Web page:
Dow’s career with CBS lasted over 40 years. He was a five-time Emmy award winner and a correspondent for 48 Hours since the program’s inception.
In a recent interview with his hometown newspaper in Hackensack, New Jersey, Dow says, “I’ve traveled all over the world. I’ve seen things few people in life get a chance to see up front and personal. I covered the tsunami in Sri Lanka. I was in South Africa when Nelson Mandela was freed. I traveled with him across the United States when he gave his tour. There’s just moments, places I’ve been that I think truly changed my life.”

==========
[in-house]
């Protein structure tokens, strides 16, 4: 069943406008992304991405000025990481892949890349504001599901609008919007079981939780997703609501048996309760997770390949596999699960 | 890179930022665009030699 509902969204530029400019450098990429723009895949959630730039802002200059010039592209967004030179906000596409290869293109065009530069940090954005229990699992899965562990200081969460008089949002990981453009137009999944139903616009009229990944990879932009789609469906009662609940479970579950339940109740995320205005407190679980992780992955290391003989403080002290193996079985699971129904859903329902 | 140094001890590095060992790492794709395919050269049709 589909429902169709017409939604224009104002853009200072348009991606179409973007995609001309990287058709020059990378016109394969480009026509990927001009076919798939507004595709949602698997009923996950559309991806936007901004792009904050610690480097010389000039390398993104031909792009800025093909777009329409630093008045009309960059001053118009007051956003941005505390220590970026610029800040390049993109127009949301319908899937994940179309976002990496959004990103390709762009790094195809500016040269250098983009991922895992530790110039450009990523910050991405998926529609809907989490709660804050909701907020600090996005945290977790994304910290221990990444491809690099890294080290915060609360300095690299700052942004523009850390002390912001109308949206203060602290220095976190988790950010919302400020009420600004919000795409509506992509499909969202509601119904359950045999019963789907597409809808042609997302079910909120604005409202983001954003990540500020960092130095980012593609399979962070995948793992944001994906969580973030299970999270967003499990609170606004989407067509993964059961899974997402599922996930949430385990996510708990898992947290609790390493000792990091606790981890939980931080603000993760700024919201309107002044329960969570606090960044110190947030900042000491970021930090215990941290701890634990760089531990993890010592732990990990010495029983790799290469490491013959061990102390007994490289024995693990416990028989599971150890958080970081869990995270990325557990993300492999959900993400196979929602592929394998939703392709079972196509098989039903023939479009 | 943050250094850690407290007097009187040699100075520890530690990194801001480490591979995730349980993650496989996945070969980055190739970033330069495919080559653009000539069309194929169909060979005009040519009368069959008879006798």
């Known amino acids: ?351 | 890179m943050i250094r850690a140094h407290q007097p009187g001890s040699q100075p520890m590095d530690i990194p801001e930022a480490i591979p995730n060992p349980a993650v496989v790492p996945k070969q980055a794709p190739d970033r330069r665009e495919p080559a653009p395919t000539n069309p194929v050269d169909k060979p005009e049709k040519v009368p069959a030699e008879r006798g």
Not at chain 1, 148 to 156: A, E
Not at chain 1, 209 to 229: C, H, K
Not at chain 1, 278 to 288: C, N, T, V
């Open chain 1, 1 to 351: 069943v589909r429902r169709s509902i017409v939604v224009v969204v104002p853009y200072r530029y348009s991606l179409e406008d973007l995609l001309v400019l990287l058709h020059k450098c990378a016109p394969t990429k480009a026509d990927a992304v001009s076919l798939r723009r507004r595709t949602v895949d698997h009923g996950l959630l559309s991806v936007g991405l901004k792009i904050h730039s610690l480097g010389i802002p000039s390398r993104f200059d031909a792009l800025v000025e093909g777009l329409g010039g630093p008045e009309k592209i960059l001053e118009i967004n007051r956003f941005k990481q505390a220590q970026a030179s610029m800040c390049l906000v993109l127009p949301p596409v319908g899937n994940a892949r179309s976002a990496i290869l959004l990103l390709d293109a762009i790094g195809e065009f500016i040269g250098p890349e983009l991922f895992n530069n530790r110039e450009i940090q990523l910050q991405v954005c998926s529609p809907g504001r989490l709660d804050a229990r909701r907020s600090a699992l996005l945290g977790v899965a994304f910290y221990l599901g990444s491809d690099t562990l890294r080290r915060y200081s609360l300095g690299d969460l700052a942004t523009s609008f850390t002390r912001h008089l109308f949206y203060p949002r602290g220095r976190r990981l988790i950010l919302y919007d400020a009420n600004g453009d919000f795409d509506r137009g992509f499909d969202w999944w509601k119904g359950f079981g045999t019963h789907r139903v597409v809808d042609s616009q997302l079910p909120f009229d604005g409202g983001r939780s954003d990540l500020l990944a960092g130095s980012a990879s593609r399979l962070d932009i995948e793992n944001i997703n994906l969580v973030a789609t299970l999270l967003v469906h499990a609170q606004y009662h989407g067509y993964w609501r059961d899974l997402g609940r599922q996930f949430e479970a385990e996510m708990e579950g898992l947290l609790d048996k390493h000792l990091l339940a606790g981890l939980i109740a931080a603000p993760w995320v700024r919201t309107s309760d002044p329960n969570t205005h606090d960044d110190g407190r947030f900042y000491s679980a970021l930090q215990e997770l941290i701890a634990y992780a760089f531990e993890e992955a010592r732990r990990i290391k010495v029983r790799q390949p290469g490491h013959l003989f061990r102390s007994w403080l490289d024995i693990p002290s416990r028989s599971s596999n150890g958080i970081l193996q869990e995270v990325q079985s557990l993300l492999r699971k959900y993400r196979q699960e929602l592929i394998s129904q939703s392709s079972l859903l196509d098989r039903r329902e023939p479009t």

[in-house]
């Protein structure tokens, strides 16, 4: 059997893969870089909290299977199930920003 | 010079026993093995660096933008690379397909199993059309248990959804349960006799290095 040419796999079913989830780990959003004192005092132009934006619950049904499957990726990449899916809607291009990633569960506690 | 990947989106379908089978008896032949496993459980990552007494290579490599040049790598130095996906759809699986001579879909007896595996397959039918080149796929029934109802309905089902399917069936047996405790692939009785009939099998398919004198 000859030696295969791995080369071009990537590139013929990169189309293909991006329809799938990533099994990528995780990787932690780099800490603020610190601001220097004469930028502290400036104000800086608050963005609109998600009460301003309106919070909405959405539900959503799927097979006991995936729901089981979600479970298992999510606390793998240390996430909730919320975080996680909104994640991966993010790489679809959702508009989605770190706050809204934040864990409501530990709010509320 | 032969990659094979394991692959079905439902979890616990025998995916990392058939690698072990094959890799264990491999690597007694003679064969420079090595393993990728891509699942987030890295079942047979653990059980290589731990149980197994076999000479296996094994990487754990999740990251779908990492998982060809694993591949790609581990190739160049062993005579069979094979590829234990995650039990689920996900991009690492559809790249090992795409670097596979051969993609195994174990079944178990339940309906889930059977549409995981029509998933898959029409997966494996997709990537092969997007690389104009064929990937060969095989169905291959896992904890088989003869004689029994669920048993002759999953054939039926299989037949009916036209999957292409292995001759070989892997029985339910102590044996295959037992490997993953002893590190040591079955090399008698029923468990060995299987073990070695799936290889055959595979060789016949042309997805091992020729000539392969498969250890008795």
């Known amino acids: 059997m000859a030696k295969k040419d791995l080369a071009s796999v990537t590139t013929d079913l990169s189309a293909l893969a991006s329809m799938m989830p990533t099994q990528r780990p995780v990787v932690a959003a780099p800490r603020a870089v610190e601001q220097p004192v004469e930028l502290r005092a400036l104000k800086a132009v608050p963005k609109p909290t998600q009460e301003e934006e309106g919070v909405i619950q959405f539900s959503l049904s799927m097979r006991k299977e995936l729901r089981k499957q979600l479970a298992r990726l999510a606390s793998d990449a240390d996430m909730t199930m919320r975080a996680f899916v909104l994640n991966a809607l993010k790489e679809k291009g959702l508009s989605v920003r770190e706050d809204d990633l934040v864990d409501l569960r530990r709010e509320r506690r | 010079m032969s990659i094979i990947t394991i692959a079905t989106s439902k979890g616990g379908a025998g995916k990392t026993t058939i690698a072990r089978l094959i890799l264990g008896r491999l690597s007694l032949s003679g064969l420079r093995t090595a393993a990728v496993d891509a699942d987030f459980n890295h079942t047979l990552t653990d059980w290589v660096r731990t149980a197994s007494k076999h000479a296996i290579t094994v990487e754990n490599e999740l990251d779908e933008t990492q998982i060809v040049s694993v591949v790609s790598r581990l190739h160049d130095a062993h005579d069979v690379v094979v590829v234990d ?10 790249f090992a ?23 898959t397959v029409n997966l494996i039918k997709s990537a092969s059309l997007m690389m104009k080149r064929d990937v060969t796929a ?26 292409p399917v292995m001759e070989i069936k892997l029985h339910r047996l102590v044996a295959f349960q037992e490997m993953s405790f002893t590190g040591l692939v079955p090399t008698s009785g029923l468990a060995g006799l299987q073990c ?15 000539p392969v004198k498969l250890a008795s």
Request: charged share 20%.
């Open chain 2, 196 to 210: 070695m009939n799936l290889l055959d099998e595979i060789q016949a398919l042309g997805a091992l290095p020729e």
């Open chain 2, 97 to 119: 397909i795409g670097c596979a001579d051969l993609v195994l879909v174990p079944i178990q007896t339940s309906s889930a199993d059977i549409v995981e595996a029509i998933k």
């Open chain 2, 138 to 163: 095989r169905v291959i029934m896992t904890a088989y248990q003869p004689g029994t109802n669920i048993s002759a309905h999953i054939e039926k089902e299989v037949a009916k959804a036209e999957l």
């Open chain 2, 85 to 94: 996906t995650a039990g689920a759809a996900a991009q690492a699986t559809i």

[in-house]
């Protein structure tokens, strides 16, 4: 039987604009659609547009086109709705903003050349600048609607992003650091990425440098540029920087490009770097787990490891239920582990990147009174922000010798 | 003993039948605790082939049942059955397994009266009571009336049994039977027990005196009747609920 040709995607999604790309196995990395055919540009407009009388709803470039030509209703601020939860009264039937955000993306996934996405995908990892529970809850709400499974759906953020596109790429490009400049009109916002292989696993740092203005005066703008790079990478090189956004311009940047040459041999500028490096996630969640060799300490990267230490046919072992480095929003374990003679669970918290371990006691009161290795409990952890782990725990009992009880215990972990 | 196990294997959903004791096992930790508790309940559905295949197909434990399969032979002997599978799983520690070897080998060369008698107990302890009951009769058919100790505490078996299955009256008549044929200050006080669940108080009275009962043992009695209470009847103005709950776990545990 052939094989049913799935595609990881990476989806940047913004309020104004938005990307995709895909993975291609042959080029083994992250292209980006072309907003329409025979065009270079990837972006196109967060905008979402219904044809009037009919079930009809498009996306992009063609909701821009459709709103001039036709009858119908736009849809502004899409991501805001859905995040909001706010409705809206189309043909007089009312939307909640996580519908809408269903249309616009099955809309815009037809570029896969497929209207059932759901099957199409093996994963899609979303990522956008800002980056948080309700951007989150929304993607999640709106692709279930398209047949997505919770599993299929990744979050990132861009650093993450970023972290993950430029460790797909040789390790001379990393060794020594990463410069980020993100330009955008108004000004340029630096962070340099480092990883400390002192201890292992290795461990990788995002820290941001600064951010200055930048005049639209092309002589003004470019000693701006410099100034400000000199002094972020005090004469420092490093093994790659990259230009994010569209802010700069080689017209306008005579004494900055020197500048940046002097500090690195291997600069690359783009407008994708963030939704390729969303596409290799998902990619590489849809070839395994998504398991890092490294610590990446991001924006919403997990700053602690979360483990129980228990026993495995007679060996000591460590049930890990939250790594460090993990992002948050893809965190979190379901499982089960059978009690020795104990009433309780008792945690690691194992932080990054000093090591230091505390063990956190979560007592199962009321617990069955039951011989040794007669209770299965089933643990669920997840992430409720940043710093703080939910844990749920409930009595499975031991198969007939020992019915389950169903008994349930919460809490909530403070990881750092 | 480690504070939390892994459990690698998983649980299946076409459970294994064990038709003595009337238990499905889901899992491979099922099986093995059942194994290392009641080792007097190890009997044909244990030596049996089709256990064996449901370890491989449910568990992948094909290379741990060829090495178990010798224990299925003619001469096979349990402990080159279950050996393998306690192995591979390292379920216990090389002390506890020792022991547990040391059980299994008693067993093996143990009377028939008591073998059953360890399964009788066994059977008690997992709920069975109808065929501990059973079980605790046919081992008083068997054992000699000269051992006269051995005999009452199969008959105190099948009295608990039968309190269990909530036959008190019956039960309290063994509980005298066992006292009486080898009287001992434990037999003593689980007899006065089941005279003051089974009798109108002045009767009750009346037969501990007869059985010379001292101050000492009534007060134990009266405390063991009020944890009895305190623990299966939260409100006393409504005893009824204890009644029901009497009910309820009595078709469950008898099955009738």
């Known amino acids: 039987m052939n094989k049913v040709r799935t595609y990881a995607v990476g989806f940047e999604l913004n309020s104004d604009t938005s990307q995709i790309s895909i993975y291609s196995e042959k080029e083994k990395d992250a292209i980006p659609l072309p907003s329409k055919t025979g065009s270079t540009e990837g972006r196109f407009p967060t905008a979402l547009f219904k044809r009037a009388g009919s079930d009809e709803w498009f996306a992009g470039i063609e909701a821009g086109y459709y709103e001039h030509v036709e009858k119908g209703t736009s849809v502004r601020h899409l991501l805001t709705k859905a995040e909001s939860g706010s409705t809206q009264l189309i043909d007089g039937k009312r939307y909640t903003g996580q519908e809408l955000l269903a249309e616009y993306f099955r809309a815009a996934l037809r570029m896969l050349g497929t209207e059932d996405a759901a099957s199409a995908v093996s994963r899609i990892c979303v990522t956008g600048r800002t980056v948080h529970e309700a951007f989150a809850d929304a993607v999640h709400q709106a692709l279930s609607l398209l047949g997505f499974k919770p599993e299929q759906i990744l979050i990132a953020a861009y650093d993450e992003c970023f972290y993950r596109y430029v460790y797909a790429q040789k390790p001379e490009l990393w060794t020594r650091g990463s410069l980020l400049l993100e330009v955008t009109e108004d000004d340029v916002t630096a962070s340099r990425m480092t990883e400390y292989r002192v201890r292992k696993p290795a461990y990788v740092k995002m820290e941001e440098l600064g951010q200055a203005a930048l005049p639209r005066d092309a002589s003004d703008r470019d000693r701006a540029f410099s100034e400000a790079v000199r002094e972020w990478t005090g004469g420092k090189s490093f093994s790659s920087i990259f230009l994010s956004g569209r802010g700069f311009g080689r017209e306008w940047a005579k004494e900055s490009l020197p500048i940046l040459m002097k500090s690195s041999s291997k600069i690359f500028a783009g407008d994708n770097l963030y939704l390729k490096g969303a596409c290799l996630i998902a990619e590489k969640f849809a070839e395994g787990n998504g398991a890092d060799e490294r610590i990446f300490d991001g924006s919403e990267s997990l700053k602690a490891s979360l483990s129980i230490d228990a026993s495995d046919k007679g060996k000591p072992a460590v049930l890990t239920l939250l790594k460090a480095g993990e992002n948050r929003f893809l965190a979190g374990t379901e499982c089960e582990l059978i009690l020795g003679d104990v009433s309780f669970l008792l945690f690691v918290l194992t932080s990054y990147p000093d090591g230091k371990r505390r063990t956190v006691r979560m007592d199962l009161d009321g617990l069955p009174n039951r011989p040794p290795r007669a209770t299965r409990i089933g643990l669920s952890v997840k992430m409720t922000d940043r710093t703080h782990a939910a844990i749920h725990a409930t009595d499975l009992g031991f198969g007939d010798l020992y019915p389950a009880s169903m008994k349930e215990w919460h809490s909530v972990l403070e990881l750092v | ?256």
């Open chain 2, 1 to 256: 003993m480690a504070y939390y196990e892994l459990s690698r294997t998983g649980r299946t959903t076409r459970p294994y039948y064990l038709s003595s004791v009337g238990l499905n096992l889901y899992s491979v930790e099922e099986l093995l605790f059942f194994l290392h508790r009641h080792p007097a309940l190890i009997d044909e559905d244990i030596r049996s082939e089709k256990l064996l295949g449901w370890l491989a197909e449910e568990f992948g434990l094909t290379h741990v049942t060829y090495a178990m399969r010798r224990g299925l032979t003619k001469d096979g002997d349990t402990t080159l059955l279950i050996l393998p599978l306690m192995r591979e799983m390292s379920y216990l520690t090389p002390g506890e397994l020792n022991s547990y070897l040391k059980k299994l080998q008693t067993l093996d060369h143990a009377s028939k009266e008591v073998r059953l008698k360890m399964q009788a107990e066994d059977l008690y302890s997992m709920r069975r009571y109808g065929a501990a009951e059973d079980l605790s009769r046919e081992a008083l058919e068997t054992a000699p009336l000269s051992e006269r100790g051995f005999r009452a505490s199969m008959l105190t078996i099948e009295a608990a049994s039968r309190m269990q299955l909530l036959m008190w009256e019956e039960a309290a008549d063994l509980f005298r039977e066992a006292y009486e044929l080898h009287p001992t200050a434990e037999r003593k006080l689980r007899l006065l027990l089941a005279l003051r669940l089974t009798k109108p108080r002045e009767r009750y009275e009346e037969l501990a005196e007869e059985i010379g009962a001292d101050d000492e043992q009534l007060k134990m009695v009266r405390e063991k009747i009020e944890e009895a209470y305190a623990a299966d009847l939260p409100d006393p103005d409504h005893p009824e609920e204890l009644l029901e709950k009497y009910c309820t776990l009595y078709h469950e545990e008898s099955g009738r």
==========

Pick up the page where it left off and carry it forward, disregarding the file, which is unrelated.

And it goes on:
It is a sad loss for his family and CBS as he was a groundbreaking journalist and devoted father.
When the entire world wanted to interview O.J. Simpson, it was Harold who got his butt in the chair. When boxer Mike Tyson’s story was red hot, it was Harold who got the first major interview. And back in the olden days, when Patty Hearst, the daughter a newspaper and television mogul, was kidnapped by a terrorist organization — and eventually joined the group — it was Harold who got the biggest interview of the year, an exclusive with Patty that helped cement his career at CBS News.